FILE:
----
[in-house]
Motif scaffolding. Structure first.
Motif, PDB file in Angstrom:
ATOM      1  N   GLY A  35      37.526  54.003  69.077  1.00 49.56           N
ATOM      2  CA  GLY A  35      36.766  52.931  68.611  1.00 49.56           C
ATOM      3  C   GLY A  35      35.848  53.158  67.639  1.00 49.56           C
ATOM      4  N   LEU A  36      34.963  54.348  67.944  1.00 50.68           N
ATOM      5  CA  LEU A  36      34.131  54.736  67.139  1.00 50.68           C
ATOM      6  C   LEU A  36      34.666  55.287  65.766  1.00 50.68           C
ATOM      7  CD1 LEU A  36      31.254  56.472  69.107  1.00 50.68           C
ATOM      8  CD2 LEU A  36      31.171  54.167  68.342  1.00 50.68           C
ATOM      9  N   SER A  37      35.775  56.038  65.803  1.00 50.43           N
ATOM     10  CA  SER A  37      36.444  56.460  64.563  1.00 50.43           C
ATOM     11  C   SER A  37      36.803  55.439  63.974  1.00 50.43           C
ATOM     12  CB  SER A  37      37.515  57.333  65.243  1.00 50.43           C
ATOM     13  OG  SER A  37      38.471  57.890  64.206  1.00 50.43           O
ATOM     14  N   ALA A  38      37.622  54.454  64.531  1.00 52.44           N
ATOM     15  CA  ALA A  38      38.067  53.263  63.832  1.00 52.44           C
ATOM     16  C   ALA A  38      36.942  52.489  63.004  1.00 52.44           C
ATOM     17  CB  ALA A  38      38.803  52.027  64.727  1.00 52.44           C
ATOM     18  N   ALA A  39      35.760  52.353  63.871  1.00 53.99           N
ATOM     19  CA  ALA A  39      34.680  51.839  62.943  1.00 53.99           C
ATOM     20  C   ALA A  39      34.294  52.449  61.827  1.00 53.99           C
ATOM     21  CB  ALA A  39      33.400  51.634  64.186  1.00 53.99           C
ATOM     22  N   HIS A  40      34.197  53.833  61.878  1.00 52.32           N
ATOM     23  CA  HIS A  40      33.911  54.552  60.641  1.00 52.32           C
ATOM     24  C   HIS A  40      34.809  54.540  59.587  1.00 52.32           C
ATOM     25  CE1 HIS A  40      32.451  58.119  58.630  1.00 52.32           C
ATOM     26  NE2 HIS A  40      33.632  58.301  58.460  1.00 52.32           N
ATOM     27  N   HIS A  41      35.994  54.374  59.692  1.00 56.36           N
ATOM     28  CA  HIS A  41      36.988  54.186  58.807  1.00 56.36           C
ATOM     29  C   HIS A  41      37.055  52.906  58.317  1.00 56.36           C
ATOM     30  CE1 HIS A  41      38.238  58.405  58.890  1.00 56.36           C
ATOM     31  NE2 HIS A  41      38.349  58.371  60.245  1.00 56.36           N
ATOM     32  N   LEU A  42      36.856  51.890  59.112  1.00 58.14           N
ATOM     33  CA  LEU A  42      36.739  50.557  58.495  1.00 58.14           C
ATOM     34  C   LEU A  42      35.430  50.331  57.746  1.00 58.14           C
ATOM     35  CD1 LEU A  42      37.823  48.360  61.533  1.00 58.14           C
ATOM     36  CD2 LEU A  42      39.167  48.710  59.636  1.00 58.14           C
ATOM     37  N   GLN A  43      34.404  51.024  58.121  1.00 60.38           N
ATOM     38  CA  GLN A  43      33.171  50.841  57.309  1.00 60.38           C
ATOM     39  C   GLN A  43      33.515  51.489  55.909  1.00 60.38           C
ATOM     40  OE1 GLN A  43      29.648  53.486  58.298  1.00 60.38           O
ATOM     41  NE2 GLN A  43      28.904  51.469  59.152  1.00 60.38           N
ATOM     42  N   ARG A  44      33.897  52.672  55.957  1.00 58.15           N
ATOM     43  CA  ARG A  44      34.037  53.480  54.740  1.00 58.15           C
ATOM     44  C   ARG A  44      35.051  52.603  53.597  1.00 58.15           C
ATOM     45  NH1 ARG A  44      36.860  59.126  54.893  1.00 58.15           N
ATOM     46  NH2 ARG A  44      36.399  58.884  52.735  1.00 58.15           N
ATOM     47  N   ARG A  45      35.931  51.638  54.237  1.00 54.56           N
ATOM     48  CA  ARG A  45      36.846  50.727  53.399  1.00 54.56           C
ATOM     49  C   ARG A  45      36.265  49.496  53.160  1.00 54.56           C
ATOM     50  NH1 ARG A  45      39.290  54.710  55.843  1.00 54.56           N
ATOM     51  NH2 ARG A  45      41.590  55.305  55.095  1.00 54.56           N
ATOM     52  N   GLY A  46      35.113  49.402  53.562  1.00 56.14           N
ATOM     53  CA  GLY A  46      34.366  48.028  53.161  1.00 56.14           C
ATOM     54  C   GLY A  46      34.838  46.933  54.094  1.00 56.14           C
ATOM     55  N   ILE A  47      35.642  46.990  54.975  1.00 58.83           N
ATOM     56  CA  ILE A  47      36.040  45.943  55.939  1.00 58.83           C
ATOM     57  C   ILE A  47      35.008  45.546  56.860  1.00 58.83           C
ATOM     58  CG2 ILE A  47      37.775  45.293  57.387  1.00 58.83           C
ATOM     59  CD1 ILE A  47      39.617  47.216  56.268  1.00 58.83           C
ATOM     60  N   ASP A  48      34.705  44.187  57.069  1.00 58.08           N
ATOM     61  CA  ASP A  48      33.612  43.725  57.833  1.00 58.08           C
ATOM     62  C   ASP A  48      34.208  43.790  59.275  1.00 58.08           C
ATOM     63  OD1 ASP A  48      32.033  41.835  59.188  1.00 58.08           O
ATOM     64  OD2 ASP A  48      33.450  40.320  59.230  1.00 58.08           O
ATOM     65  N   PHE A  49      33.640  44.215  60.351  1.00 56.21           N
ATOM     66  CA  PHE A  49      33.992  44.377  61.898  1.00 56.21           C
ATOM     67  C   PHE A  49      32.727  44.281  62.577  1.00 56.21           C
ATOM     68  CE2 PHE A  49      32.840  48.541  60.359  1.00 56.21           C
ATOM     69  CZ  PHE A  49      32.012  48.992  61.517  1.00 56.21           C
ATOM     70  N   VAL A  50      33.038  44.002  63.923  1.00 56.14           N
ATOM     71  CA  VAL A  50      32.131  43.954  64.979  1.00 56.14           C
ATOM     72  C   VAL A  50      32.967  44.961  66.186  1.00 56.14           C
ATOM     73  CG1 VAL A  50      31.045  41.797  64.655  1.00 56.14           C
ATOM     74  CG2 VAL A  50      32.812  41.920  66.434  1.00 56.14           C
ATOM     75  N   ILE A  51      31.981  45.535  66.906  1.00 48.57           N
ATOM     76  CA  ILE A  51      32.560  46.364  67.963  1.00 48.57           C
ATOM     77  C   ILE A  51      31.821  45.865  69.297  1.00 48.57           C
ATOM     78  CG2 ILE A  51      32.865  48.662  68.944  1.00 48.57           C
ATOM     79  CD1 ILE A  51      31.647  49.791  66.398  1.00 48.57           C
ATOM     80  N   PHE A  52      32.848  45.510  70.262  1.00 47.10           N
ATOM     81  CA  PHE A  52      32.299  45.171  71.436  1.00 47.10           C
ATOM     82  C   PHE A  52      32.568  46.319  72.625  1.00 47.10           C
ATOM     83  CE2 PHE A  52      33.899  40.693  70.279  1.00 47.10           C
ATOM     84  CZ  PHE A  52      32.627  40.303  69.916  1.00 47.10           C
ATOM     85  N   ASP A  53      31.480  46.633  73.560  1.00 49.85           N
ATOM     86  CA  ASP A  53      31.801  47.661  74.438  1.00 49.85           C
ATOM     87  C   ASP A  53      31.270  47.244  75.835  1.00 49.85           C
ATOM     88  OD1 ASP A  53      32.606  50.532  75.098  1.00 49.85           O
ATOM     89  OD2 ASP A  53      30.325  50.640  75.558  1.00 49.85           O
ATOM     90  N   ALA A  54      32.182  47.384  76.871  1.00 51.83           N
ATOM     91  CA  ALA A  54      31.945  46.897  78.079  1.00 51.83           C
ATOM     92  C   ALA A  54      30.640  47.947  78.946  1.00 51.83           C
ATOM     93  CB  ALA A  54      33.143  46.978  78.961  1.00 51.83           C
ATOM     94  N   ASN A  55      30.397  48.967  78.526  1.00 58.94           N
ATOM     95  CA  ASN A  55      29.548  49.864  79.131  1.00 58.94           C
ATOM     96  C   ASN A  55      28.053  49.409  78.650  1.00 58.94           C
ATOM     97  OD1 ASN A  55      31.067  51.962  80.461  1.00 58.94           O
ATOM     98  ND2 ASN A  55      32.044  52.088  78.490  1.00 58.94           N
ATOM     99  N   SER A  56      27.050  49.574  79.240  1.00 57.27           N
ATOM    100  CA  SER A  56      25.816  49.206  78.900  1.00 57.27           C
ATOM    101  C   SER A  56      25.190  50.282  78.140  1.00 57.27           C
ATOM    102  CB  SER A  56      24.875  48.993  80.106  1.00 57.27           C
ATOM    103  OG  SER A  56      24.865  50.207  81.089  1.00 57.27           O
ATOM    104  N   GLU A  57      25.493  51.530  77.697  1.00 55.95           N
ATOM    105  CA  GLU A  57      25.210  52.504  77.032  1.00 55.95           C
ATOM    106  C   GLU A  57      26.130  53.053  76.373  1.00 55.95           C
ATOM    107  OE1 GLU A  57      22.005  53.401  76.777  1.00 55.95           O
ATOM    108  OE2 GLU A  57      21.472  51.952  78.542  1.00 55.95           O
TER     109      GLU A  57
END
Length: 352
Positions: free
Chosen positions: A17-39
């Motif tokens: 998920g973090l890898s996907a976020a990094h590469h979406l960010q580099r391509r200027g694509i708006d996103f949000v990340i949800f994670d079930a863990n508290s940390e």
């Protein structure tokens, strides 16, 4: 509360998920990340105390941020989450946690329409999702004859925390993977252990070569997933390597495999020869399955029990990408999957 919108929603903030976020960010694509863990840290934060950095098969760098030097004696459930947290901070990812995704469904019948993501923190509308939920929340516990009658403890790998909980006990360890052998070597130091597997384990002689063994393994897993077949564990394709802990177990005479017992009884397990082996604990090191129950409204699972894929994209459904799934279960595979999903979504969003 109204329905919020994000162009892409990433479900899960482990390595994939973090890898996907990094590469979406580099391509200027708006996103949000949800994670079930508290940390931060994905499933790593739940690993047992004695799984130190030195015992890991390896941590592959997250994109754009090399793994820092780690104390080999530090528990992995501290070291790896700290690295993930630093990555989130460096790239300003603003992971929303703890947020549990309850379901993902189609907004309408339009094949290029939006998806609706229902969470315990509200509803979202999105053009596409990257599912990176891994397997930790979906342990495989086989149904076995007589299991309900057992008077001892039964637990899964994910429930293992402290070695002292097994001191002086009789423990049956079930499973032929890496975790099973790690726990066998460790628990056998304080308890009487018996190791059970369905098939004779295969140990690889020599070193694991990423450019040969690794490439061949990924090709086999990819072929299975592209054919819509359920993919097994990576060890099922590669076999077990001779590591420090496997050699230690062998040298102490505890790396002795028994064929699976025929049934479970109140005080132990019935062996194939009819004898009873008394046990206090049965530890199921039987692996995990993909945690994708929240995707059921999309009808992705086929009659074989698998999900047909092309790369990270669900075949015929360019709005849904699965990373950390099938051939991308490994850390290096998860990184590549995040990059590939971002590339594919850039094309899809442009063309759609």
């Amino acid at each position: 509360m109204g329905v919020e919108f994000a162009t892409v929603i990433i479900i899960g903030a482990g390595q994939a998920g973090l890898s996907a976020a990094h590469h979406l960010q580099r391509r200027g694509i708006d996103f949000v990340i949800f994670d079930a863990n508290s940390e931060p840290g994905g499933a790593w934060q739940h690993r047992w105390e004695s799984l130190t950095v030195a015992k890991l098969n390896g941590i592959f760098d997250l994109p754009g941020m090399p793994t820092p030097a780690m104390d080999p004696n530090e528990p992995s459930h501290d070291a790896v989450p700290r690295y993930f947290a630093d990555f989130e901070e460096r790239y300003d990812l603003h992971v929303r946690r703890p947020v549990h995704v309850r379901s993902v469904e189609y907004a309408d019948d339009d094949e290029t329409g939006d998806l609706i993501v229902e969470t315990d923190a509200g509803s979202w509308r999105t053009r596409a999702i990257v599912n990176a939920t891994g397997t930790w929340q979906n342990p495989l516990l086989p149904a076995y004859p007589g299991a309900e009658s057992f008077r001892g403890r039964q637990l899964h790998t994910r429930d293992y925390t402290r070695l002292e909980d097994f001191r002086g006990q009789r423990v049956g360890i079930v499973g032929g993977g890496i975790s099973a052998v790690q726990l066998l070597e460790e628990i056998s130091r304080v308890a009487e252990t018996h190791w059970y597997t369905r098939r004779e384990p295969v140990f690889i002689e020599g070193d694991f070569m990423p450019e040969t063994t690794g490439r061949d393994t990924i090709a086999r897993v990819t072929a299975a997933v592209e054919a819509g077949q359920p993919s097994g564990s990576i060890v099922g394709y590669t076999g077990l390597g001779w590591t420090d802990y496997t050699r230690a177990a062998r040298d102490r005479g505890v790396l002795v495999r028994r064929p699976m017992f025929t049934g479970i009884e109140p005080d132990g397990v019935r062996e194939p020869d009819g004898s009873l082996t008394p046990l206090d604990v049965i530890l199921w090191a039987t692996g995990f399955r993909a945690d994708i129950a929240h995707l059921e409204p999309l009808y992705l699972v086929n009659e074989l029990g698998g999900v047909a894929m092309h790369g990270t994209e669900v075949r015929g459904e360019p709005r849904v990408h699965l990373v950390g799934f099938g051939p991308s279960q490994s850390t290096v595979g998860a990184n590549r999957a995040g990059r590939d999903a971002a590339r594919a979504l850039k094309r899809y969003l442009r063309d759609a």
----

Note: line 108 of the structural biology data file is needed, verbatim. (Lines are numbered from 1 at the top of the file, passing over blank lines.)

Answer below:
ATOM    105  CA  GLU A  57      25.210  52.504  77.032  1.00 55.95           C